A Maui tour operator takes clients on a nature walk and much more

By: Marty Wentzel

Brian Parker has led more than 600 tours along the trail in Waihee Valley, and he claims that it’s different each time.

“It depends on the stream level, the flowers blooming, the weather and lots of other variables,” said Parker, a Maui Eco-Adventures (MEA) guide. “No matter how often I’ve done this hike, I never get tired of it.”

Like all MEA employees, Parker sets out to make each excursion shine for clients, no matter what the conditions, which might be why the Hawaii Ecotourism Association named MEA 2005’s Ecotour Operator of the Year.

Company president Annette Kaohelaulii said MEA earned the award through “its philosophy of stewardship and thoughtful business operations which signify good, sustainable practices.”

Just what does that mean for clients? I decided to find out by joining Parker’s pet trip, the Waihee Valley Rainforest/Waterfall Hike.

I boarded the MEA van near Lahaina and got acquainted with the other participants over coffee Parker provided. As we headed toward the West Maui Mountains, Parker regaled us with facts about the island’s agricultural ventures, historical tidbits and the adventure to come.

“We’re the only commercial operation allowed to hike on the Waihee Trail,” he said. “One of the things that differentiates us from other firms is that we have access to private lands that no one else can enter.”

Parker’s aim to please became increasingly apparent at the trailhead, where he spread out a continental breakfast for us on the hood of the van. While we munched on fresh fruit and muffins, he put our group’s supplies into a backpack.

“Other hiking companies make you carry your own lunch,” he said, swinging the 50-pound satchel onto his back. “For us, the intent is to have a good time, get a good workout and learn about the nature and culture of the area.”

Like a horticultural heaven-on-earth, the 2½-mile trail was lined with trees teeming with coffee, guava, bananas, avocado, rose apples, papaya and ginger. Parker picked and sliced open some lilikoi (passion fruit) and mountain apples for us to taste while talking about the education required of each MEA employee.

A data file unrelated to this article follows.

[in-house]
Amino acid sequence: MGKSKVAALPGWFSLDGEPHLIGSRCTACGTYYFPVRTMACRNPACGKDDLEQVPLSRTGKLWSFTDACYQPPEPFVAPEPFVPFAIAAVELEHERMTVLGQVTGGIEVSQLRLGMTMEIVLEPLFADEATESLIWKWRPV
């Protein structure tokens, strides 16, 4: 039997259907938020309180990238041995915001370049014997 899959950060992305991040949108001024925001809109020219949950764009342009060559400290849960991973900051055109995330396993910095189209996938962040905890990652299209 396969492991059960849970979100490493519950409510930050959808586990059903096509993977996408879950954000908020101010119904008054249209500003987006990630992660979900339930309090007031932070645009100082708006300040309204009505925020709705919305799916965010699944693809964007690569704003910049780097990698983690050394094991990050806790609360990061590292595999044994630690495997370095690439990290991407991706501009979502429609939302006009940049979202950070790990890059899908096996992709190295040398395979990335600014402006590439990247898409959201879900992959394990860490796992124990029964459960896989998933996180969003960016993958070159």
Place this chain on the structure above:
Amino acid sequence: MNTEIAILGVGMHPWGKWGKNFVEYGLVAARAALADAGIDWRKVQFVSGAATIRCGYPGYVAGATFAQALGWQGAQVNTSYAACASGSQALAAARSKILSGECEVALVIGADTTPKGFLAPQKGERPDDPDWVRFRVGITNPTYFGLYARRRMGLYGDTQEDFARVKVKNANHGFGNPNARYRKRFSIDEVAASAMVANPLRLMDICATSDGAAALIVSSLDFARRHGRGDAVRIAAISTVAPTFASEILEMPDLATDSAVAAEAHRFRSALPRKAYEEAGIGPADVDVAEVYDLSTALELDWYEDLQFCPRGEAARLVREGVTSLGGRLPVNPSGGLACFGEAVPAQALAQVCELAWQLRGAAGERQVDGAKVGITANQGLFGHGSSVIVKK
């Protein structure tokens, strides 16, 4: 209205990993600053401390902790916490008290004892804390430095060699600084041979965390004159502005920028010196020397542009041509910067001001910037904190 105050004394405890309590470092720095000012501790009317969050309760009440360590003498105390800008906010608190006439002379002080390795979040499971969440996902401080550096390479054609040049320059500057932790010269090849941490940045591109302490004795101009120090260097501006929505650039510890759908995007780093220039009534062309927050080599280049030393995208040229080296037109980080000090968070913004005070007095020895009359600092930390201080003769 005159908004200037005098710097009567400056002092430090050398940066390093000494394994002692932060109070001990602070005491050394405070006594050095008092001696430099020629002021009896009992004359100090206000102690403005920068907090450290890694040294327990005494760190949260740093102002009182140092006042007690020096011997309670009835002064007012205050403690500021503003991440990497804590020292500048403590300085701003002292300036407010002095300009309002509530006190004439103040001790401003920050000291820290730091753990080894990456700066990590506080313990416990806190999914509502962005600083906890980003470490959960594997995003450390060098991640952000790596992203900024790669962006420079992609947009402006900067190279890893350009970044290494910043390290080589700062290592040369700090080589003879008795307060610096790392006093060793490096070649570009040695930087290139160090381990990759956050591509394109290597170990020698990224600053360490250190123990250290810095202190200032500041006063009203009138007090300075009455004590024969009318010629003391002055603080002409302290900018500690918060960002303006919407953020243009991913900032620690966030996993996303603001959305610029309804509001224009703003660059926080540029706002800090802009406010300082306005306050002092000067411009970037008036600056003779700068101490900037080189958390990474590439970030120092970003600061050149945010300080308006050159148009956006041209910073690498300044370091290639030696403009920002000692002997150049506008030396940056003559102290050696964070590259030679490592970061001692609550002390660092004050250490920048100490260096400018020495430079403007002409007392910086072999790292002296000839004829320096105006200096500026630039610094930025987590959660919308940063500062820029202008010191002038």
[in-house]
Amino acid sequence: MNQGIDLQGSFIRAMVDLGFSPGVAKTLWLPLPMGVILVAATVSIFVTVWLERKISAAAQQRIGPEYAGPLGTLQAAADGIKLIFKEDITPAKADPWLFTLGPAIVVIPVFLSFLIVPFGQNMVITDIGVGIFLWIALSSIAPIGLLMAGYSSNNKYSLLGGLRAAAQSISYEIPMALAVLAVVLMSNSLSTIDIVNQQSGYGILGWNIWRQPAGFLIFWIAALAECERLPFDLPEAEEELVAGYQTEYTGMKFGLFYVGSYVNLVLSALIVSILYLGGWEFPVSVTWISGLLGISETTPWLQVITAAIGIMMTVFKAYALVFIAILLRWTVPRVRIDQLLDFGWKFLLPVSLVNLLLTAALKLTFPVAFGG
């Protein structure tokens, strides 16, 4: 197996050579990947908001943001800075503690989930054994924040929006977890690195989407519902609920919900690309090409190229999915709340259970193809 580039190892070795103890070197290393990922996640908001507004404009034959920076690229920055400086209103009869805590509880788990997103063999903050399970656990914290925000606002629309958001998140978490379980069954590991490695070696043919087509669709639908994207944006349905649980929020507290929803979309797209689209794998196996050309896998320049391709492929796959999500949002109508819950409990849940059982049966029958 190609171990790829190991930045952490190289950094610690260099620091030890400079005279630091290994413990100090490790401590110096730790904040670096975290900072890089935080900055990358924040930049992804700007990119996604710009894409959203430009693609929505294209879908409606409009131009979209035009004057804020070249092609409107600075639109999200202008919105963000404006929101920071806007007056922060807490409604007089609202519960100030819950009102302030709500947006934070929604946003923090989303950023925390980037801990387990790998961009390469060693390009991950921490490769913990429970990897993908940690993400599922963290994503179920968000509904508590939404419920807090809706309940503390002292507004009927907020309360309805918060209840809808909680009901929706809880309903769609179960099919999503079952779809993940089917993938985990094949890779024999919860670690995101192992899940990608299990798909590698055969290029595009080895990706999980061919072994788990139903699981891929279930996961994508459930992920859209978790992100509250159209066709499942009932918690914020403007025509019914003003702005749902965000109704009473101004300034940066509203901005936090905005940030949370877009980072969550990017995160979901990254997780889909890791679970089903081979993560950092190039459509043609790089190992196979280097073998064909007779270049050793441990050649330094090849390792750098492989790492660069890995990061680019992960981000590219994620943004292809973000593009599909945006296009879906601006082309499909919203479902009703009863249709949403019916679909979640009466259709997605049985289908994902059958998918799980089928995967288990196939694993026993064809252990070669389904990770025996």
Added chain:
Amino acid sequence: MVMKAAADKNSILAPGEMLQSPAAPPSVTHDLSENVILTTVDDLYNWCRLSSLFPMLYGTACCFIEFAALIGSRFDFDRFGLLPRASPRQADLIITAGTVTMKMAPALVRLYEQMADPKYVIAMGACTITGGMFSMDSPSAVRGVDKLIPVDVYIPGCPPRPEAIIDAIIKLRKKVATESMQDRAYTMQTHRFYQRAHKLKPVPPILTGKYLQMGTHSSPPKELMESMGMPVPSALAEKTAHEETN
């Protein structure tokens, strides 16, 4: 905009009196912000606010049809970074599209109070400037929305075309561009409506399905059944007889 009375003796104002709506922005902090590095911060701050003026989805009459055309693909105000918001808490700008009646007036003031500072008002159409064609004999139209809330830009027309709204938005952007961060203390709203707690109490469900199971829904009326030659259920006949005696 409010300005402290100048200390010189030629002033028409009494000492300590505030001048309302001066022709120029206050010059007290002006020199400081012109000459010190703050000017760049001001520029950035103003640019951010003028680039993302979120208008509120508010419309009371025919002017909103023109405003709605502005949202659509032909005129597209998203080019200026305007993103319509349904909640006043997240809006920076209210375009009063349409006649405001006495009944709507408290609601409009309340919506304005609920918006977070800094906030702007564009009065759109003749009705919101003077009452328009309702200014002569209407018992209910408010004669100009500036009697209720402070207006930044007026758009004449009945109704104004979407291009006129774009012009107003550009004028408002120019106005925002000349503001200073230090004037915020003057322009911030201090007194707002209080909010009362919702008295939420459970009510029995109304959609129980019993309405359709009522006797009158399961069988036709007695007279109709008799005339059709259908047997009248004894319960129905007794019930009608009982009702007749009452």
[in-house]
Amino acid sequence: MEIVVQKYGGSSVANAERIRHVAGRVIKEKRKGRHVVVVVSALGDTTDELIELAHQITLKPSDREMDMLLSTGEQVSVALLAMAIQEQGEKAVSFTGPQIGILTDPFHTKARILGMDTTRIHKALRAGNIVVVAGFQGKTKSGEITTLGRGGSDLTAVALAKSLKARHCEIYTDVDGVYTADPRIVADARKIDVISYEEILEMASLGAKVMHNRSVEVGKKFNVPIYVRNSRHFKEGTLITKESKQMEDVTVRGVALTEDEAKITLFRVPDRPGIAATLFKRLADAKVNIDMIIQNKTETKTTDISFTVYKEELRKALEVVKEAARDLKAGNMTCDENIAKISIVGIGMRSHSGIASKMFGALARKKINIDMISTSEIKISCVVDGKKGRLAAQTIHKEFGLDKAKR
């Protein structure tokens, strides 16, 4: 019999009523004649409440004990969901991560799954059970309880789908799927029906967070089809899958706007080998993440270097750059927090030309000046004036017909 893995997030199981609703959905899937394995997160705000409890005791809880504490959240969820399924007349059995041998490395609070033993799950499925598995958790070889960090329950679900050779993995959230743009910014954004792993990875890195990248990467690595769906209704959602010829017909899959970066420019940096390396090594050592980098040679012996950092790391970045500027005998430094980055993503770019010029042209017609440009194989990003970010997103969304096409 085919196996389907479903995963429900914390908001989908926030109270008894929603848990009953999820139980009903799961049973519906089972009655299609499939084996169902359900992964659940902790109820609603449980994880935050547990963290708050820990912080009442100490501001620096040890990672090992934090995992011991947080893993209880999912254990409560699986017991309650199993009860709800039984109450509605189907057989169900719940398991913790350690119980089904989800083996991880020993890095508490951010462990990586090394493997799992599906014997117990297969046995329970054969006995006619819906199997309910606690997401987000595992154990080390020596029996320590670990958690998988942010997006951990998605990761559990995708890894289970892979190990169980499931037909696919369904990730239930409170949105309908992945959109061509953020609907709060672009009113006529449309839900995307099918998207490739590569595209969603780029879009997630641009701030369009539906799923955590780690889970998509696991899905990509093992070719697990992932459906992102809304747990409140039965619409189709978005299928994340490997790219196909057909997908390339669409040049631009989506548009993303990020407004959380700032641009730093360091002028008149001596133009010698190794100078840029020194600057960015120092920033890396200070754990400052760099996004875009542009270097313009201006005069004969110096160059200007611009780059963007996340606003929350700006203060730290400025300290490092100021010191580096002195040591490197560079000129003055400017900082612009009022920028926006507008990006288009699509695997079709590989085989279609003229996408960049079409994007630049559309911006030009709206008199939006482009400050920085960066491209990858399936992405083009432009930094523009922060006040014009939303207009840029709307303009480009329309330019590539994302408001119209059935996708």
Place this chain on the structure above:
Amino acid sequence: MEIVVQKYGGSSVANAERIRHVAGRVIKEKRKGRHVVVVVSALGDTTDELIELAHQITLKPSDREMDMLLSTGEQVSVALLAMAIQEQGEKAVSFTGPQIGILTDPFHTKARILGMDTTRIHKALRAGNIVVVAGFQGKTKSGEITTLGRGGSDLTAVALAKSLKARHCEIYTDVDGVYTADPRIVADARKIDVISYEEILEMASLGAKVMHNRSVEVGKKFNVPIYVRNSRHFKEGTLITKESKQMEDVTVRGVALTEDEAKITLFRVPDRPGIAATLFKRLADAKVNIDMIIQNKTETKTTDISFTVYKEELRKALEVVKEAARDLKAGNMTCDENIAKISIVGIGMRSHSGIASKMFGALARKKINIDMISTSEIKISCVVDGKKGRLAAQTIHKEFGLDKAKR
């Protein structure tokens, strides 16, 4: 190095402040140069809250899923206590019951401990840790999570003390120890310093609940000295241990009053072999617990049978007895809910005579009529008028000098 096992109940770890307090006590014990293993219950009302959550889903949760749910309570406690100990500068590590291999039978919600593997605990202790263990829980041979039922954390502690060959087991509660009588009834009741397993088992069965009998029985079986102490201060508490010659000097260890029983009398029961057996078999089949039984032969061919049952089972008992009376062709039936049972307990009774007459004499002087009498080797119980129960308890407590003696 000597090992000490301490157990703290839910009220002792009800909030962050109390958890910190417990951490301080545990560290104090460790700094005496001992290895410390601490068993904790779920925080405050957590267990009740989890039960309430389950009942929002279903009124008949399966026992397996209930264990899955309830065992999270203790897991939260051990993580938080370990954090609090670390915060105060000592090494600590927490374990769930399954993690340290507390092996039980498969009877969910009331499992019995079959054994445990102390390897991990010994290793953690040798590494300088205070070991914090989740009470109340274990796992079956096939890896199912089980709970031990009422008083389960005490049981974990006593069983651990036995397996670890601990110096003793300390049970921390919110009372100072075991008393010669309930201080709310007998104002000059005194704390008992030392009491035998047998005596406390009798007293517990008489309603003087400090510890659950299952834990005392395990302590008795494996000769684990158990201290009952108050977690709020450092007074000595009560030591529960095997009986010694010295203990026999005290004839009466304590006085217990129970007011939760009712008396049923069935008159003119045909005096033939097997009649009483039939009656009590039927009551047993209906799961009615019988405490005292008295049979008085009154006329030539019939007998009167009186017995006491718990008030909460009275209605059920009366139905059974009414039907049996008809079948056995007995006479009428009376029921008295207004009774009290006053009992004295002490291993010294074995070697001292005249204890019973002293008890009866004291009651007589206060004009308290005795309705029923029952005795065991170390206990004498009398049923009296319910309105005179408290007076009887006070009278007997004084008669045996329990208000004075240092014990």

“We have a huge reference library to help us learn about the flora and fauna, and the company encourages us to take culture and ecotourism classes,” he said.

Around the next corner, he pointed out terraced taro fields farmed by ancient Hawaiians and irrigation ditches dug in the 1800s.

Billed as family-friendly, the Rainforest/Waterfall Hike still comes with distinct challenges, including two suspension bridges spanning mountain streams. It’s a test of courage, as clients shuffle their feet along a narrow plank and white-knuckle the steel cables to keep their balance. Parker ambled over to the other side first, then cheered us on and snapped photos of each wobbly, yet triumphant, crossing.

At our destination, a shady oasis at the 580-foot elevation, we relaxed by a rushing stream and small waterfall. A few brave souls stripped down to their bathing suits and tested the waters, while the ever- energetic Parker spread out a blanket on the ground and prepared lunch. After passing around hand sanitizer, he gestured to the bounty of sandwiches, spinach rolls, veggies and dip, chips, juice and water, saying, “Dig in.”

On the walk back, Parker said that MEA maintains strong relationships with environmental organizations, donating time and funds to groups like the Nature Conservancy, Sierra Club and Maui Coastal Land Trust, as well as helping restore and maintain trails on the island.

“Our goal is to make authentic connections with Hawaii’s people and the environment,” he said. At hikes’ end, as he rewarded us with cool wipes, fresh cookies and chilled water, I realized that Parker had made equally memorable connections with each of us that day, an award-winning effort in its own right.


Maui Eco-Adventures
180 Dickenson St.,
Suite 102
Lahaina, HI 96761

The five-mile Rainforest/ Waterfall Hike is offered daily from 8 a.m.-2 p.m. for $115 per person, including continental breakfast and gourmet picnic lunch. Other MEA trips include a hike/kayak excursion ($160), a hike into Mauna-lei Arboretum ($80) and a Haleakala Crater expedition ($125). The company’s personal guide service customizes adventures on Maui, Molokai and Lanai, including a three-day helicopter/hike/camp (call for quote).

Adventure Travel JDS Africa Middle East JDS Destinations